Smythe Dakota wrote:Yikes -- your puzzle is a killer. After 3 hours I've been able to place only nine 1's, seven 2's, and one 9. Maybe I'm overlooking something.

Bill Smythe


There is a second 9 that can be placed with no special tricks.

The next step is a little Nishio on the 3's. When you start at the right-top, you will soon be able to place all 3's. And the last two 2's. From there, it gets easier and easier, 4 - 5 - 6 - 7.

Really nice puzzle.

Ruud.
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Postby motris » Fri Apr 28, 2006 6:24 pm

A great puzzle r.e.s - I did it in about 40 minutes which seems on par for me for "regular" greater than/less than variants which are typically amongst the hardest variants. Somehow the steps I took for placements here were different than in just the regular ones, but it was a fun puzzle to tackle with a slightly tweaked solving style.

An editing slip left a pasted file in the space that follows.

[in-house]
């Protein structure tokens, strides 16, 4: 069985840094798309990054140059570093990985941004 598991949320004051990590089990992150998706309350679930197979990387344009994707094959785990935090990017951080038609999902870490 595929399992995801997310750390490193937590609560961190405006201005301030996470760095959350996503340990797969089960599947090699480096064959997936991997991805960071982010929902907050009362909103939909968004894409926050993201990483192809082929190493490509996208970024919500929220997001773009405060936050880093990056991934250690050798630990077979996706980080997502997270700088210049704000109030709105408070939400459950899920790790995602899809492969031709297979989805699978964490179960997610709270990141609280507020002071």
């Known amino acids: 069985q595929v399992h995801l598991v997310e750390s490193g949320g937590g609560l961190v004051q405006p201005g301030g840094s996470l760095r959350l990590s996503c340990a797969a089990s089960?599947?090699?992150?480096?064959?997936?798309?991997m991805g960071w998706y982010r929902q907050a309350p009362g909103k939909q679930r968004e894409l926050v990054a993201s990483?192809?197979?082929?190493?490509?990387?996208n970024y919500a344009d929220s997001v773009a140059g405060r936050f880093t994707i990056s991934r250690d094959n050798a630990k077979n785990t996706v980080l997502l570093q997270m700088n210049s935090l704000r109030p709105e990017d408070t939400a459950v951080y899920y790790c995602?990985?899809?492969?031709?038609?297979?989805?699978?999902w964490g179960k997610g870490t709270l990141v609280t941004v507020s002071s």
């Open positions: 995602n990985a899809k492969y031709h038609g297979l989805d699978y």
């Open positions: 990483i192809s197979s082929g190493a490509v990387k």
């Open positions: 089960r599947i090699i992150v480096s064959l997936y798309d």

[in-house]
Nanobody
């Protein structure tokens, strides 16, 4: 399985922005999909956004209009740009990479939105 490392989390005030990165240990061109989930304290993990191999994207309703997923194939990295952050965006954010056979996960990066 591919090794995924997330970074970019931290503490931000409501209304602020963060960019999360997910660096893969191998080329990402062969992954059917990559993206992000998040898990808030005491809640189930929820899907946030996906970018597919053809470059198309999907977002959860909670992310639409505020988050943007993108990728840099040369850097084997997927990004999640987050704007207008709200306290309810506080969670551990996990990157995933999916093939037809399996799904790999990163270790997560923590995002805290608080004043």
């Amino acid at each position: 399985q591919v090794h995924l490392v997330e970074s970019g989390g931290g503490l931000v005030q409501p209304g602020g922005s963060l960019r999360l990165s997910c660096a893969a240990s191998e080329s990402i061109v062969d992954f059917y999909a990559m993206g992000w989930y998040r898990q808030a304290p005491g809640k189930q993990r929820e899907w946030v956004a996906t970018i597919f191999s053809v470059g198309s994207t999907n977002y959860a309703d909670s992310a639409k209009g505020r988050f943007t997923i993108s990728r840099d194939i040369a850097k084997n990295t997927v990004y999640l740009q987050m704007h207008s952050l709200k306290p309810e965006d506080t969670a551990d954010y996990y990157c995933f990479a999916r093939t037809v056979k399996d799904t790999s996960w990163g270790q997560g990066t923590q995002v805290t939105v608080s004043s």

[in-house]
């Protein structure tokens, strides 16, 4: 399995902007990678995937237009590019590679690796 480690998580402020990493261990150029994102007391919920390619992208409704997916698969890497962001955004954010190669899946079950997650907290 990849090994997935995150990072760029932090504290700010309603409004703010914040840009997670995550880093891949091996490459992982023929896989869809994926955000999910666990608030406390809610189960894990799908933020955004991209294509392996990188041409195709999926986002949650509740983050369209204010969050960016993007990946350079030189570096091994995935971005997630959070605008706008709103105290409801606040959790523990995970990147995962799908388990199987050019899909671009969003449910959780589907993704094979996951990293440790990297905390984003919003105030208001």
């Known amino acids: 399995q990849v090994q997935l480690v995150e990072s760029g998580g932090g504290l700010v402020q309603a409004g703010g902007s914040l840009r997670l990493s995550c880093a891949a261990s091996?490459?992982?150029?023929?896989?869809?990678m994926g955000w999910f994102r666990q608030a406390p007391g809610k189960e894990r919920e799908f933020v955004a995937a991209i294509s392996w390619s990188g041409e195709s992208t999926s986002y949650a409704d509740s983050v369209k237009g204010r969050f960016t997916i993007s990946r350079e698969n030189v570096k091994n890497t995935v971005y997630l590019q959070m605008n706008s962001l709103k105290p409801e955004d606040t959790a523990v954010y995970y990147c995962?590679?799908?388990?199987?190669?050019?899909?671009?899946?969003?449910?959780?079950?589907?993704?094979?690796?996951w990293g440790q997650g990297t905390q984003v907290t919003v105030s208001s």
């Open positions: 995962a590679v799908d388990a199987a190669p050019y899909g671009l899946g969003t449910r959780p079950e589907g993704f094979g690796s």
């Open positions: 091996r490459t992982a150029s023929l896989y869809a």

The route I took for those who may want to get over their sticking points is summarized here: Using the standard starting point of marking all the maxima/minima cells, you can place all of the 1's in this puzzle and I placed one quite obvious 2 before deciding to do something a little different. I thought the irregular geometry might make the puzzle a lot more prone to candidate placement tests (so basically Nishio-like reduction or, in some cases, "coloring"). As it seemed the high end was harder to place, this is where I then decided to methodically start, tackling the puzzle from the 9's down. For example, in the center piece, 9's could initially go in R4C6, R5C5, and R7C4. However, if you look at R5C5, you'll see that a 9 here makes it impossible to put a 9 in the piece just below it and to the right. If you then check R7C4 you'll see that this leads to a contradiction if you propagate 9's about 3 pieces. So there is a 9 in R4C6. Continue like this to solve all the 9's. Then, put in all the cells that can hold the 8's. Coloring and/or Nishios again seemed to be a functional route to place the 8's. The 7's had a little twist in that the two paths shared a forced spot telling you a place there had to be a 7, which then worked backwards to settle the 7's. Then I got a little sloppy and made some errors placing the 6's twice which slowed me for awhile but eventually when I was very careful they fell the same way and from there I just started putting 5's and 2's and 3's and 4's where the pieces forced them to be and finished.